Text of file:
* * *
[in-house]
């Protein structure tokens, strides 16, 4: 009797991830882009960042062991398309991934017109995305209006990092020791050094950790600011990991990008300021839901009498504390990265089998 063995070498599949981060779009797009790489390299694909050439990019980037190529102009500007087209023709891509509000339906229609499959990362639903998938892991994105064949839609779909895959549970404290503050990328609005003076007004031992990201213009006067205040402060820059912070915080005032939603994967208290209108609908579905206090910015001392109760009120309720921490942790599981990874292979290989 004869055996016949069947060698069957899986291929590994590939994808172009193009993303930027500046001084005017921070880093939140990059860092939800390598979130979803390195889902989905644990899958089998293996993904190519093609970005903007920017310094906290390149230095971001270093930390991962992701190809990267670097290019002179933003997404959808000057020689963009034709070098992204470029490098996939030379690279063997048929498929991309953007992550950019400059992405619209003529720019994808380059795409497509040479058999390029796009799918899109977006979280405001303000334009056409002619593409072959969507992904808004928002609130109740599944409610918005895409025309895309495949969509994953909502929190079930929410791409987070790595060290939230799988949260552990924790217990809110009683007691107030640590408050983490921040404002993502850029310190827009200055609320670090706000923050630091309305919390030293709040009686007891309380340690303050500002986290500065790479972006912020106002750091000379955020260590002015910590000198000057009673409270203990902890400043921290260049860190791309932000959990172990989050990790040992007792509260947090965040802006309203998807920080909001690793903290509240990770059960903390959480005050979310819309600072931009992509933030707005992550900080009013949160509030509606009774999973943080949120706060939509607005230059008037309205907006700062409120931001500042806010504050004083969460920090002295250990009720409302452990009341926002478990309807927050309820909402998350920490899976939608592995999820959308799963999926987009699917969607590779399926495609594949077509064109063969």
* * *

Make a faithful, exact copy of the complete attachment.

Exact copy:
[in-house]
């Protein structure tokens, strides 16, 4: 009797991830882009960042062991398309991934017109995305209006990092020791050094950790600011990991990008300021839901009498504390990265089998 063995070498599949981060779009797009790489390299694909050439990019980037190529102009500007087209023709891509509000339906229609499959990362639903998938892991994105064949839609779909895959549970404290503050990328609005003076007004031992990201213009006067205040402060820059912070915080005032939603994967208290209108609908579905206090910015001392109760009120309720921490942790599981990874292979290989 004869055996016949069947060698069957899986291929590994590939994808172009193009993303930027500046001084005017921070880093939140990059860092939800390598979130979803390195889902989905644990899958089998293996993904190519093609970005903007920017310094906290390149230095971001270093930390991962992701190809990267670097290019002179933003997404959808000057020689963009034709070098992204470029490098996939030379690279063997048929498929991309953007992550950019400059992405619209003529720019994808380059795409497509040479058999390029796009799918899109977006979280405001303000334009056409002619593409072959969507992904808004928002609130109740599944409610918005895409025309895309495949969509994953909502929190079930929410791409987070790595060290939230799988949260552990924790217990809110009683007691107030640590408050983490921040404002993502850029310190827009200055609320670090706000923050630091309305919390030293709040009686007891309380340690303050500002986290500065790479972006912020106002750091000379955020260590002015910590000198000057009673409270203990902890400043921290260049860190791309932000959990172990989050990790040992007792509260947090965040802006309203998807920080909001690793903290509240990770059960903390959480005050979310819309600072931009992509933030707005992550900080009013949160509030509606009774999973943080949120706060939509607005230059008037309205907006700062409120931001500042806010504050004083969460920090002295250990009720409302452990009341926002478990309807927050309820909402998350920490899976939608592995999820959308799963999926987009699917969607590779399926495609594949077509064109063969």